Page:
quasimodo

Life is full of risks….this is no different.

Lynn

Agreed!! Only time you may want to avoid travel on planes, cruises, etc, is if you are older with underlying issues. The rest of us should get on with our lives.

Nick Reyes

I don’t have more or better answers as to what should or shouldn’t be done than anyone else at this point, but as someone with two healthy friends under 40 years old who have been hospitalized (one requiring oxygen, both thankfully on the road to recovery), I’d urge you to reconsider the notion that it is only a worry to people who are older with underlying issues.

Lynn

Nick – Sorry about your friends. The statistics I’ve read say that 80% have mild symptoms that don’t require a doctor and that 98% recover. Not sure the solution is to keep our economy shut down any longer because then you have people dying from poverty, suicide, drugs, abuse etc. That’s already happening. Hope we get this sorted out for everyone’s sake!

quasimodo

just curious….are they obese/overweight? Or, if they are trim, would they be overweight if they didn’t exercise?

JB SanDiego

I am not sure what the solution is unless there is a vaccine.

I just think this would be a show stopper for leisure travel. This means we have to have our temperature (health) checked wherever we go. There will be a scanner on the tour bus, restaurants, museums, planes, trains, etc. Every time your step in and out of somewhere, you will get scanned and rescanned. How can you go on leisure travel knowing that at any time in point, you may get quarantined. Then what happens if you don’t pass a health test? What if the machine makes an incorrection detection? What if I have to get back home to go to work, but I get stuck over seas? Will I be paranoid evetime I get scanned? How is this leisure travel?

Aloha808

That very well might be part of the solution. No leisure travel until we’ve got a handle on Covid-19.

[…] Airport Health Screening Save Air Travel?: This is an excellent post by Greg from The Frequent Miler. I agree that health screenings/temperature checks will be the new normal. These must be combined […]

Johnny

Won’t work for me most of the time, I’m a runner with a resting pulse around 50 and I almost always take aspirin before I fly to keep from getting headaches.

Pulse low, no temperature.

CaveDweller

Correct this is going to be really rough and by the way ur not PC.
Take Care
CHEERs

Alohashirt

Regardless of whether there’s any type of health screening at airports, it will probably take free changes to get people flying again. If other airlines fail to adopt policies similar to Southwest’s, planning a leisure trip will become a financially risky proposition.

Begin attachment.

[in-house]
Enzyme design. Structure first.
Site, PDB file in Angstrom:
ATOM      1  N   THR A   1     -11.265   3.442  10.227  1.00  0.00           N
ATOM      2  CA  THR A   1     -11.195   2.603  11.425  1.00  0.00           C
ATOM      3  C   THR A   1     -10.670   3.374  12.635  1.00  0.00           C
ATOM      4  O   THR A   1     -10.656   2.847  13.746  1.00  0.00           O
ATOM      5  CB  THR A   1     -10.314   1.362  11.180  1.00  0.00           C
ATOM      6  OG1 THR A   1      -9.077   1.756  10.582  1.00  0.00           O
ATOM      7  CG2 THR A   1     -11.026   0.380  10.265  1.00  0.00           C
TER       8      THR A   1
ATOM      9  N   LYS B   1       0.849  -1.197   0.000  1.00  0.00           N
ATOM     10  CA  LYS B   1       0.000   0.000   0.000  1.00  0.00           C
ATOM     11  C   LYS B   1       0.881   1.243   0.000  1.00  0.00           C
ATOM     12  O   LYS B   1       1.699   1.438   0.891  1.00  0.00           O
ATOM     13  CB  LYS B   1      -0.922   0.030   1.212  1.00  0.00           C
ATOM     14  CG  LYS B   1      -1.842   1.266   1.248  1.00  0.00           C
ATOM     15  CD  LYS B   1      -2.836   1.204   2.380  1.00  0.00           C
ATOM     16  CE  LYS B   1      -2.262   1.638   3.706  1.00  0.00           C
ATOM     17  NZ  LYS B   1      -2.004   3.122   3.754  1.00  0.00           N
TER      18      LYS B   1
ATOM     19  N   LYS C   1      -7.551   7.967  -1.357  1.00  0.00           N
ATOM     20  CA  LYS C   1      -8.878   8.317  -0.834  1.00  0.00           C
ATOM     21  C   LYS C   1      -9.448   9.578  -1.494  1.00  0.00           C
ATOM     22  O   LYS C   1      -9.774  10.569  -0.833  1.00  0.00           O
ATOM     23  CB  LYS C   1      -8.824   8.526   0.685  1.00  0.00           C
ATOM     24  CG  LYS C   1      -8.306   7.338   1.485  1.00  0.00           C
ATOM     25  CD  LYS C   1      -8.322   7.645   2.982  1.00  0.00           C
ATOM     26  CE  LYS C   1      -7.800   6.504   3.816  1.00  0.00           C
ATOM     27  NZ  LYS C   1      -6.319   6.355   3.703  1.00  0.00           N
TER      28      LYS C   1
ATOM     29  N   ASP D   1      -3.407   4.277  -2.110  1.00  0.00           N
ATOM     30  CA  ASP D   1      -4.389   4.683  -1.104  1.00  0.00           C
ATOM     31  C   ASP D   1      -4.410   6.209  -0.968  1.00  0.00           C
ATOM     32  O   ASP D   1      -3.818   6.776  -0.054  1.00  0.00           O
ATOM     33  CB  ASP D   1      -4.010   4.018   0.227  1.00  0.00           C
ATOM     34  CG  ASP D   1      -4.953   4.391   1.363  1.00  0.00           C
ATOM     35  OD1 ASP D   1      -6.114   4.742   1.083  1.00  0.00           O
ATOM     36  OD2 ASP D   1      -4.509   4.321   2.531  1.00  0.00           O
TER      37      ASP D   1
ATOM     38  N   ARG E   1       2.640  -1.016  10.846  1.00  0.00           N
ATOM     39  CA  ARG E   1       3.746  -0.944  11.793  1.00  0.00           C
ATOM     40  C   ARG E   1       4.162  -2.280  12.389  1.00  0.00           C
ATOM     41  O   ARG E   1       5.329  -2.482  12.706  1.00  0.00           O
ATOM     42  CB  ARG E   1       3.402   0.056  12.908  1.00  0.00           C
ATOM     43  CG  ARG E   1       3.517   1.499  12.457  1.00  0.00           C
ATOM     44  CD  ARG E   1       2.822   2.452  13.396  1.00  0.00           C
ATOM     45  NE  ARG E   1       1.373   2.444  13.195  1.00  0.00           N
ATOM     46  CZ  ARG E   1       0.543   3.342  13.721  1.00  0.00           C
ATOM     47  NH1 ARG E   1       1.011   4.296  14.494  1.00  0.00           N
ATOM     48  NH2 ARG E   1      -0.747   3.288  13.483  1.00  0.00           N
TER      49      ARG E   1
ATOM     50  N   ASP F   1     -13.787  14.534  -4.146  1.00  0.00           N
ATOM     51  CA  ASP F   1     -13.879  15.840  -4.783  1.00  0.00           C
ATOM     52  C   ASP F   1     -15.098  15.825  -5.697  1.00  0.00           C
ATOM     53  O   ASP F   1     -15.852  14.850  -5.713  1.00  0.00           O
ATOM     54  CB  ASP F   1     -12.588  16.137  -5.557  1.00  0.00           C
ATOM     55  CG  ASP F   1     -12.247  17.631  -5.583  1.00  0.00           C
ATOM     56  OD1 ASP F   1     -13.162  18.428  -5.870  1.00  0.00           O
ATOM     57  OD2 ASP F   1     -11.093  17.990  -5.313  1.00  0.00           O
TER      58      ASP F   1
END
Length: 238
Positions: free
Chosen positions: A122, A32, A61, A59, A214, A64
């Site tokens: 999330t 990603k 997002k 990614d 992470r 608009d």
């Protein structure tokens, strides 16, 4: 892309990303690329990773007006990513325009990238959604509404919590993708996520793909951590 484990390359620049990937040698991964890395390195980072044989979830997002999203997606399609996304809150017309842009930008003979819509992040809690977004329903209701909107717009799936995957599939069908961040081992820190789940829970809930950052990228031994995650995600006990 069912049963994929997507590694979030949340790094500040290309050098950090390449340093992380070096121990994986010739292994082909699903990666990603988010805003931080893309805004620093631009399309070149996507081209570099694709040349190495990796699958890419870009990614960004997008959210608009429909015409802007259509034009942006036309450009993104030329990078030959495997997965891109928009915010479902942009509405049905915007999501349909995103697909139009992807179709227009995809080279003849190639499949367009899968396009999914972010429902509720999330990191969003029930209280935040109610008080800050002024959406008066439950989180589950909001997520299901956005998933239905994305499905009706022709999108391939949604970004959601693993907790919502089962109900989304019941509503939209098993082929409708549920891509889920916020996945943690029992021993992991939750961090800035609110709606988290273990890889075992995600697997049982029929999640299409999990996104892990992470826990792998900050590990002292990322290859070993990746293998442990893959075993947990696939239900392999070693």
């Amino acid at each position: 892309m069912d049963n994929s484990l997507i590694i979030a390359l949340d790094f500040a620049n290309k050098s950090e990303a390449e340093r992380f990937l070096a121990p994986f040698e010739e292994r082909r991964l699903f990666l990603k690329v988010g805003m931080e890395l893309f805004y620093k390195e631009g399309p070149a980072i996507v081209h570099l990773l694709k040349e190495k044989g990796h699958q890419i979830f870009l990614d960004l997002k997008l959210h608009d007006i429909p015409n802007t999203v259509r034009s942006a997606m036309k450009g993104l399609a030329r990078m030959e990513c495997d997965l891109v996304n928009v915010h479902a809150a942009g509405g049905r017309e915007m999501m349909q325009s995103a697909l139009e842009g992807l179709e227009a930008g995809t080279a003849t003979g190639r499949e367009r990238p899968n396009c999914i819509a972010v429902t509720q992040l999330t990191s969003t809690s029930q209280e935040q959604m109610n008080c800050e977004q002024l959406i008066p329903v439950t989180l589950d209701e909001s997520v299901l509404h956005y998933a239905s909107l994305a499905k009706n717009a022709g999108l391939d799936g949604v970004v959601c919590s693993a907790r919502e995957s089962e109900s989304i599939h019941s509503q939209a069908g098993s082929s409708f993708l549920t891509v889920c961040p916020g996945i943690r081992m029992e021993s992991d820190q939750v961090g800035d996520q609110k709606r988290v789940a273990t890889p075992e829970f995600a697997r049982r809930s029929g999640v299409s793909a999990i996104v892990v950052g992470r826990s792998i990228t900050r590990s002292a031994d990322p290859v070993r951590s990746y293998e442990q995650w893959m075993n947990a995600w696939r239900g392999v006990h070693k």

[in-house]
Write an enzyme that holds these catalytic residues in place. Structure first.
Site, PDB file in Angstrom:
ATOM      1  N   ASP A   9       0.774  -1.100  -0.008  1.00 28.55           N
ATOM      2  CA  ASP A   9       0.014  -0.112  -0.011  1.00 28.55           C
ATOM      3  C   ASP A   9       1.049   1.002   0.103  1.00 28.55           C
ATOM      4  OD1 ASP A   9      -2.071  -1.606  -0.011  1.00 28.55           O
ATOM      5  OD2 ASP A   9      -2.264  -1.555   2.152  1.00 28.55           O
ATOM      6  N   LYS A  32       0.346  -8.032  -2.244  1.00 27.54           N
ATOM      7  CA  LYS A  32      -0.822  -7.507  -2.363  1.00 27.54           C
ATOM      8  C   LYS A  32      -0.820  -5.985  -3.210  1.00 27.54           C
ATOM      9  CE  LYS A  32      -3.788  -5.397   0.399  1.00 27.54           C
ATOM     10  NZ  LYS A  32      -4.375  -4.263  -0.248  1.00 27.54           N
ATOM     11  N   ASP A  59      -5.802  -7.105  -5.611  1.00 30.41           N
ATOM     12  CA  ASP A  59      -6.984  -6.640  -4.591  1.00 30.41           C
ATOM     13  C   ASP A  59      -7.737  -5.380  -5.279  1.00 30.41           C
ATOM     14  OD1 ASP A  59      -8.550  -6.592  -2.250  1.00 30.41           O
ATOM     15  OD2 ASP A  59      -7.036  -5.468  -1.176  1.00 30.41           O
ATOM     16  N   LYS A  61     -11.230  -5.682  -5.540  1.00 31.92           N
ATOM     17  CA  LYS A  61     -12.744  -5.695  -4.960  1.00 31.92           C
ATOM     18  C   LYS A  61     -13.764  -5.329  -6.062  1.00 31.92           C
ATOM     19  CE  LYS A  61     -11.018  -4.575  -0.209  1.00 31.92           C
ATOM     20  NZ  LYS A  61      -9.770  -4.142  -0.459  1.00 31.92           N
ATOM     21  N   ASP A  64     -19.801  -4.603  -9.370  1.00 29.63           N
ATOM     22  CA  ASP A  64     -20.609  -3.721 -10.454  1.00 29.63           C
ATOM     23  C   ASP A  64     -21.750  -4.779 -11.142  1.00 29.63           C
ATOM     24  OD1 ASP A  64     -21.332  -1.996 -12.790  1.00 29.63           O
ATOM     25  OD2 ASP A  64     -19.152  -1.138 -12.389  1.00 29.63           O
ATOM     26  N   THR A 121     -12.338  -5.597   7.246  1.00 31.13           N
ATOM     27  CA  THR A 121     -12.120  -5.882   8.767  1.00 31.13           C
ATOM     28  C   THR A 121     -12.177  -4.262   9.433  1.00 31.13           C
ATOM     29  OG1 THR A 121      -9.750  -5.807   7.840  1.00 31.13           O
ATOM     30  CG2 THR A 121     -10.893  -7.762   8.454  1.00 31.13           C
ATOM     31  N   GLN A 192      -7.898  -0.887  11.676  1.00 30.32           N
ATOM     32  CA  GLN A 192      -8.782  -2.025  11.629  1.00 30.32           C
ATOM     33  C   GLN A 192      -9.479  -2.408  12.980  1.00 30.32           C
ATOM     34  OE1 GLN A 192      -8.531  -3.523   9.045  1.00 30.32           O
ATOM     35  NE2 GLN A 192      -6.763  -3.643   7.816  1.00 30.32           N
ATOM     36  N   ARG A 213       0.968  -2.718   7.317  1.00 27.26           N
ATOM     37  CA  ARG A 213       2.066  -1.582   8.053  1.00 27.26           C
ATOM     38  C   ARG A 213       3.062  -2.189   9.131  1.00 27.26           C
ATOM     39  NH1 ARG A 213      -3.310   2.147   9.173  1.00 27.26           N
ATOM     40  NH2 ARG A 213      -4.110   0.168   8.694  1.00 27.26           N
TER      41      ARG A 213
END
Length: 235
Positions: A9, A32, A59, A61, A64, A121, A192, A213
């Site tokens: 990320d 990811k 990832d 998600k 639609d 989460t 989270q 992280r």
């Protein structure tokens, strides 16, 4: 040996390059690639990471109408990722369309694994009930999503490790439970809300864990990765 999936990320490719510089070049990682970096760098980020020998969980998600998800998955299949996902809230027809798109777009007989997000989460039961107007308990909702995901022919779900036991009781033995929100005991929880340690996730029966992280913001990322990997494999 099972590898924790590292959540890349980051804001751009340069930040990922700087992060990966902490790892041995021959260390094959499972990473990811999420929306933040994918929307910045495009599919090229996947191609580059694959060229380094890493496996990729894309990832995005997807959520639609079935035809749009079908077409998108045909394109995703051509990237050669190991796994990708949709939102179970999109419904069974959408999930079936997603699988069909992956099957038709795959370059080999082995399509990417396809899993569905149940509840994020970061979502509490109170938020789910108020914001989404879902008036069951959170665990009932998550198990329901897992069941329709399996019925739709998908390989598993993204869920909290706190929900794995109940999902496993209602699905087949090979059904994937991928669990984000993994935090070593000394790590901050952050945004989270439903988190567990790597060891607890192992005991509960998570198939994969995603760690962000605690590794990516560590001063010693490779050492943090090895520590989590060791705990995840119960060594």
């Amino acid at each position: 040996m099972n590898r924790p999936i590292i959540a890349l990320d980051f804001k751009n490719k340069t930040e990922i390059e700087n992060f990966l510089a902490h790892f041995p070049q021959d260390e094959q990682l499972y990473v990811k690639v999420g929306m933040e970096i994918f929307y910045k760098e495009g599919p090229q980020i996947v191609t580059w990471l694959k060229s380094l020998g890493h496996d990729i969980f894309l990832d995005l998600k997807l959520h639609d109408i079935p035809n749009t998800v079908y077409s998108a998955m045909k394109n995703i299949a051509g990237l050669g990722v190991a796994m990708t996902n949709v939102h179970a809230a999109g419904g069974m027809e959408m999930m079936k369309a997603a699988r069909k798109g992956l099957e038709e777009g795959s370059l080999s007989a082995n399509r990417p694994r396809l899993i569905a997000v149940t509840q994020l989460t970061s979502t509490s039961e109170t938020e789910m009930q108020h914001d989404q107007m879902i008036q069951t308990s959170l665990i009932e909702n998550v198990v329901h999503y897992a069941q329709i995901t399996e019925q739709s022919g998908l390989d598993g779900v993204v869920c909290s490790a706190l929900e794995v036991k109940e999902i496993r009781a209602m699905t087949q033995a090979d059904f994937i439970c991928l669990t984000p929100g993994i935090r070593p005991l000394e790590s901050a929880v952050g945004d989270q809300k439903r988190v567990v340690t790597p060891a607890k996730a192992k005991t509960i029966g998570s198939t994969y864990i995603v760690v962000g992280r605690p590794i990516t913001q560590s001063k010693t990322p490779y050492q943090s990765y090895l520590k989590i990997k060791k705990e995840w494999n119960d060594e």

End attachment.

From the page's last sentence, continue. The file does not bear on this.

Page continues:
We now live in a world where lockdowns can happen at any time. Even if you are perfectly healthy, the hotel you planned to stay at may suddenly close for quarantine or go bankrupt. Or the beach you planned to visit may close because a local mayor says so.

I wish this were not the case, but it will probably be a very long time before people will be vacationing again.

Alex

Most asymptomatic people simply don’t know they are sick. So the solution fails right there.

Also you think people are at liberty to cancel or change their plans if they are not afraid to change their tickets but that is not true. They also have hotel and event reservations at their destinations. Should those also be cancelable for free? That opens Pandora’s box.

Finally lot of travel is for business. People don’t usually travel for business because they want to. It’s the demand of their work. The whole work model must change if people with possibly little cold are not going to fly.

docntx

Truly am not sure about this one, Greg.
You have addressed one concern. On a plane with 100 passengers (and crew members) for illustration purposes, 25 will be asymptomatic carriers. Spread them through the plane and….
Furthermore, how many of us could have just a garden variety sniffles or cold, and our temperature might be elevated… Should we not fly? Health care workers or first responders should be banned from flying (we are exposed)?
If you saw what we see, and how this is being reported and handled versus what is happening, you might understand that this is a bunch of loose cannons firing in all directions jockeying for political gain and fame.
From my perspective, this is not a solution… Think just what hassles we sometimes have with carry on luggage,

DaninMCI

It doesn’t do any good to have CLEAR or TSA PRE if we are all stuck in line “forever” getting a health checkup. The health check will take several minutes (at best per person) and it will dilute the line volume into the TSA security lines.

In most airports in Asia they put in place temperature scanning in prior flu virus outbreaks. While not perfect it helps keep it quick and simple to this day. In the future, we will see this at airports and cruise ports all over the world. I would also say that we’ll see FLIR systems setup to scan crowds as well. Sort of like they do with facial recognition in the Dubai Aquarium tunnel.